Homebound older adults who participated in a telecare program for three months had improved medication adherence and quality of life, according to a study published in JAMA Network Open.
Researchers found study participants who received a telecare program had better medication adherence and quality of life scores compared with a control group.
However, there wasn’t a statistically significant difference between the telecare group and the control group in self-efficacy, or a person’s belief in their ability to achieve a goal. Scores in self-efficacy in both groups improved over time.
HOW IT WAS DONE
The study divided 68 adults in Hong Kong who were 60 years old or older, homebound and owned a smartphone into two groups. Homebound was defined as going outside less than once per week in the previous six months.
Participants in the telecare group were paired with a nurse who was supported by a social service team. They received weekly phone calls and video messages about self-care for three months between May and July 2020. The control group only received monthly social calls.
Researchers collected data on self-efficacy, daily living skills such as grooming, medication adherence, depression and use of healthcare services during screening for the study and one week after completion.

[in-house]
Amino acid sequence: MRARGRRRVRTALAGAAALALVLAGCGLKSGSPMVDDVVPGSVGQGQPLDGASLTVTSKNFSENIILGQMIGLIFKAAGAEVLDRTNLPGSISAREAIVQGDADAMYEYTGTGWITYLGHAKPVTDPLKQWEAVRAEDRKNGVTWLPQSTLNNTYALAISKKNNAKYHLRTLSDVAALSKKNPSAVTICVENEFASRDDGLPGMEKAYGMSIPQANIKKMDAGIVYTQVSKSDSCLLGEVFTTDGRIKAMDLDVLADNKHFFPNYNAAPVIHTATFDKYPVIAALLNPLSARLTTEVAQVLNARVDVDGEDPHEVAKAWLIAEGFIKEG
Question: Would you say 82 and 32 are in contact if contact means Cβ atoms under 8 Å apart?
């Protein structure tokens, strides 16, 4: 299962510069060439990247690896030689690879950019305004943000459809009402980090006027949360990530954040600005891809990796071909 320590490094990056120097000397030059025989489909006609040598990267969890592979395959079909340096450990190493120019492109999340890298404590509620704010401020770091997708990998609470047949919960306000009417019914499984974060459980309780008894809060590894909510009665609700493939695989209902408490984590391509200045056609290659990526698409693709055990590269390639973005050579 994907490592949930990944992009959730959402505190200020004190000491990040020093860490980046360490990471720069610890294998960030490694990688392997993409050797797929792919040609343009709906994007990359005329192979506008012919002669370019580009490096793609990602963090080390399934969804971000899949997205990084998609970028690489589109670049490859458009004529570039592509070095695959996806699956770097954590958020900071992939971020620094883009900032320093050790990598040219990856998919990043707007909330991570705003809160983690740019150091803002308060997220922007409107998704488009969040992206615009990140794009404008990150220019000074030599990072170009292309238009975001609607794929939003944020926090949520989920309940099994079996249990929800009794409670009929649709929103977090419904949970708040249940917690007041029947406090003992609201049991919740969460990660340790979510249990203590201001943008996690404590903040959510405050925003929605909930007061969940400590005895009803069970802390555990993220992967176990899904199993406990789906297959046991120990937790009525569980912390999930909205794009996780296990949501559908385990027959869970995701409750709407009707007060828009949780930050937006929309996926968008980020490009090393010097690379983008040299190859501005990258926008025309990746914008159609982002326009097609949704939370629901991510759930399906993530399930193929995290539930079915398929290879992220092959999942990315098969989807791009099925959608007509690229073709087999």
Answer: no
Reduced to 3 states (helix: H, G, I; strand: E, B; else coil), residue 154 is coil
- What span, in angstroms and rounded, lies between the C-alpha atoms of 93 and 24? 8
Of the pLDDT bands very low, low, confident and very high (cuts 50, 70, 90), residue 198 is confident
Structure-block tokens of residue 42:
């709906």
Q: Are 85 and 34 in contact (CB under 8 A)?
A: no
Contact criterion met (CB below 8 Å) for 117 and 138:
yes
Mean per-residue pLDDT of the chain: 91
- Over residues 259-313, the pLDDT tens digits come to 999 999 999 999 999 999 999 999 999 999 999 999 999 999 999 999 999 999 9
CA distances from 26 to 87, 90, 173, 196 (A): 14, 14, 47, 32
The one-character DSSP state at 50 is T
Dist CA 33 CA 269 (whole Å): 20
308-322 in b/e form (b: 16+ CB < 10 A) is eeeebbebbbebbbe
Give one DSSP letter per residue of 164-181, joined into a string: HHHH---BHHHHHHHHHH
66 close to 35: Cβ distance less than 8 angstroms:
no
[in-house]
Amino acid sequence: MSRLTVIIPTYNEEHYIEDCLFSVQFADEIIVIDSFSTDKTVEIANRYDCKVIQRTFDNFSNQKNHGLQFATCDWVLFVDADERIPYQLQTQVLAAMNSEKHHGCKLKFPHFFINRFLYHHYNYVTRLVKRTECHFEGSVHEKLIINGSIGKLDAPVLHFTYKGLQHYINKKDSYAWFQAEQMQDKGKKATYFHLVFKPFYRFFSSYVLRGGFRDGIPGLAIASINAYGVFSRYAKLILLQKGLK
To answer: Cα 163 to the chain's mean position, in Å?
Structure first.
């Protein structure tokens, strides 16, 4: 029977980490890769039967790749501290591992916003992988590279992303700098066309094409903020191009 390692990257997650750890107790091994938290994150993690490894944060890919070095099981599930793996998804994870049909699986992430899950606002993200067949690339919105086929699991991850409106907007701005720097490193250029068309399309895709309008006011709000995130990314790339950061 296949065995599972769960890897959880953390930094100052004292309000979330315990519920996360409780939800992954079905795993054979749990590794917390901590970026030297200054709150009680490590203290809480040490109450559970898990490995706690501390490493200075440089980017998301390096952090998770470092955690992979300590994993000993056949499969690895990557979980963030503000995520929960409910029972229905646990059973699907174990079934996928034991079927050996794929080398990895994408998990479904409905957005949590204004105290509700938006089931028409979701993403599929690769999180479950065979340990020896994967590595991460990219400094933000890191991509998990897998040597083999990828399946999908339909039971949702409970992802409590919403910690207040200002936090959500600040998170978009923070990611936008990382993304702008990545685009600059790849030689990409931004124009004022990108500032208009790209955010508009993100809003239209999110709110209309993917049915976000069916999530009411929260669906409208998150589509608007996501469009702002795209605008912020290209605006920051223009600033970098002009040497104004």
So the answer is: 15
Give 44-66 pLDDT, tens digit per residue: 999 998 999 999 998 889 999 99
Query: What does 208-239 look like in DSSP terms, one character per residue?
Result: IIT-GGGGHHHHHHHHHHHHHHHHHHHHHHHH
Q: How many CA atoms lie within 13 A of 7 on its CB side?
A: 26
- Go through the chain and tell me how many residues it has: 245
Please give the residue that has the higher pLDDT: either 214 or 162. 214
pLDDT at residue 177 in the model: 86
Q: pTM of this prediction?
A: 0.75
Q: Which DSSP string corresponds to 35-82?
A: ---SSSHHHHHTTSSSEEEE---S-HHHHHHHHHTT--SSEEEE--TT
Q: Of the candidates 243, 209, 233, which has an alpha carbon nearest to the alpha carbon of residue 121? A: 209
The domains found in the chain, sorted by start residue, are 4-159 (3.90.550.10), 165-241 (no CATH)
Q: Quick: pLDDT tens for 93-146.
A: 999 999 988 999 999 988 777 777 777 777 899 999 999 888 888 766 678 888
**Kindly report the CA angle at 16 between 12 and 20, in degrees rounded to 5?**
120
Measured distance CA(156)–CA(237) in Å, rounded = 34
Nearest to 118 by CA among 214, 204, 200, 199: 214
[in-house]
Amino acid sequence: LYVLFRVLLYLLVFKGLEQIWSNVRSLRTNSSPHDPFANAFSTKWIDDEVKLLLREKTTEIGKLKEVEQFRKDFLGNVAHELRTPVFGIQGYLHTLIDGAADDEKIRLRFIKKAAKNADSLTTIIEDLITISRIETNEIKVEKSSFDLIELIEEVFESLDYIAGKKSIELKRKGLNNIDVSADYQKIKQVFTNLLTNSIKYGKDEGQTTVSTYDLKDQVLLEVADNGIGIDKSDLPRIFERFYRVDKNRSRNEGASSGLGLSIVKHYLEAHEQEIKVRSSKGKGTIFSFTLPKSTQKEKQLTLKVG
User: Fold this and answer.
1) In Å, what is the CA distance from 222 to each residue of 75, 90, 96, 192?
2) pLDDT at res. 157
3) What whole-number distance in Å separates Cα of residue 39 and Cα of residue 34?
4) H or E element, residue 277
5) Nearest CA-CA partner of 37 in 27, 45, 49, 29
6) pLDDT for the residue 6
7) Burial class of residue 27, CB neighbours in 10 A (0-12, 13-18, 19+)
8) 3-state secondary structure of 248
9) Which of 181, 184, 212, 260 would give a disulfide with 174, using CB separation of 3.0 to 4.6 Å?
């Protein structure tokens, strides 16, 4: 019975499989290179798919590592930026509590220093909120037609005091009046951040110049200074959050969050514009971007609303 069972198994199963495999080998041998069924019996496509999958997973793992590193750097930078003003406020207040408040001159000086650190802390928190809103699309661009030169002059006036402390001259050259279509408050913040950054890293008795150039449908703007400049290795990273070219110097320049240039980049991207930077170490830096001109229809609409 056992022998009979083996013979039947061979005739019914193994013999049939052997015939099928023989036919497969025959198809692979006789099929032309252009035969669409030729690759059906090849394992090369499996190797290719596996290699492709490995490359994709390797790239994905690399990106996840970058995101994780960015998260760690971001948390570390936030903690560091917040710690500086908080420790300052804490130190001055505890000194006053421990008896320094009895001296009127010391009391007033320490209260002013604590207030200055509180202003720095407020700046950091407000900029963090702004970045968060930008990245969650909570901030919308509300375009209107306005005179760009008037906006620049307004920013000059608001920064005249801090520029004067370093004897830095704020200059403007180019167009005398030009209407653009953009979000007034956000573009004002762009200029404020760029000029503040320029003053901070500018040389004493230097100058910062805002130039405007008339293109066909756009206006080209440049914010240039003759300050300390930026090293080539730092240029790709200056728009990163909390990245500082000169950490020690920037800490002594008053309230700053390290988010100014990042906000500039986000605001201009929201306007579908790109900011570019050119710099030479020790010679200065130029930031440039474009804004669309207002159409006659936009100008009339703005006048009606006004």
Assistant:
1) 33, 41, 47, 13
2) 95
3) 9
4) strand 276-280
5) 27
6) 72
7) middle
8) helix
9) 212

Around 1.6 million adults ages 65 and older are homebound, which can present healthcare delivery challenges, according to an estimate by HHS’ Office of the Assistant Secretary for Planning and Evaluation in April.
Telehealth and virtual care soared during the COVID-19 pandemic as patients and providers avoided in-person interactions. Although telehealth utilization is falling now, the telehealth share of medical claim lines increased 3,552% from August 2019 to August 2020, according to FAIR Health.
Although telehealth programs could be useful for homebound older adults, there are some barriers to adoption.
“Telecare particularly benefits older adults who are homebound and have limited access to customary healthcare services owing to physical disability and face a worsened situation during the pandemic,” wrote the study’s authors.
“However, the utilization rate of these telehealth programs among older adults who are homebound was low, with reported challenges that included technical compatibility issues and the high cost of installation and maintenance of home health monitoring services.”
The study’s authors conceded that their trial was small and could be limited because it was reliant on self-reporting. It also focused on outcomes, not care coordination, and it could benefit from further study.
They also noted that their definition of homebound could be affected by the COVID-19 pandemic, since many people staying at home due to pandemic restrictions may have had fewer health issues than the general homebound population.
“In this randomized clinical trial, participants who received the telecare program were statistically no different from the control group with respect to changes in self-efficacy, although scores in both groups improved,” the authors wrote.
“After the intervention, the telecare group had better medication adherence and quality of life than the control group, although the small sample size may limit generalizability. A large-scale study is needed to confirm these results.”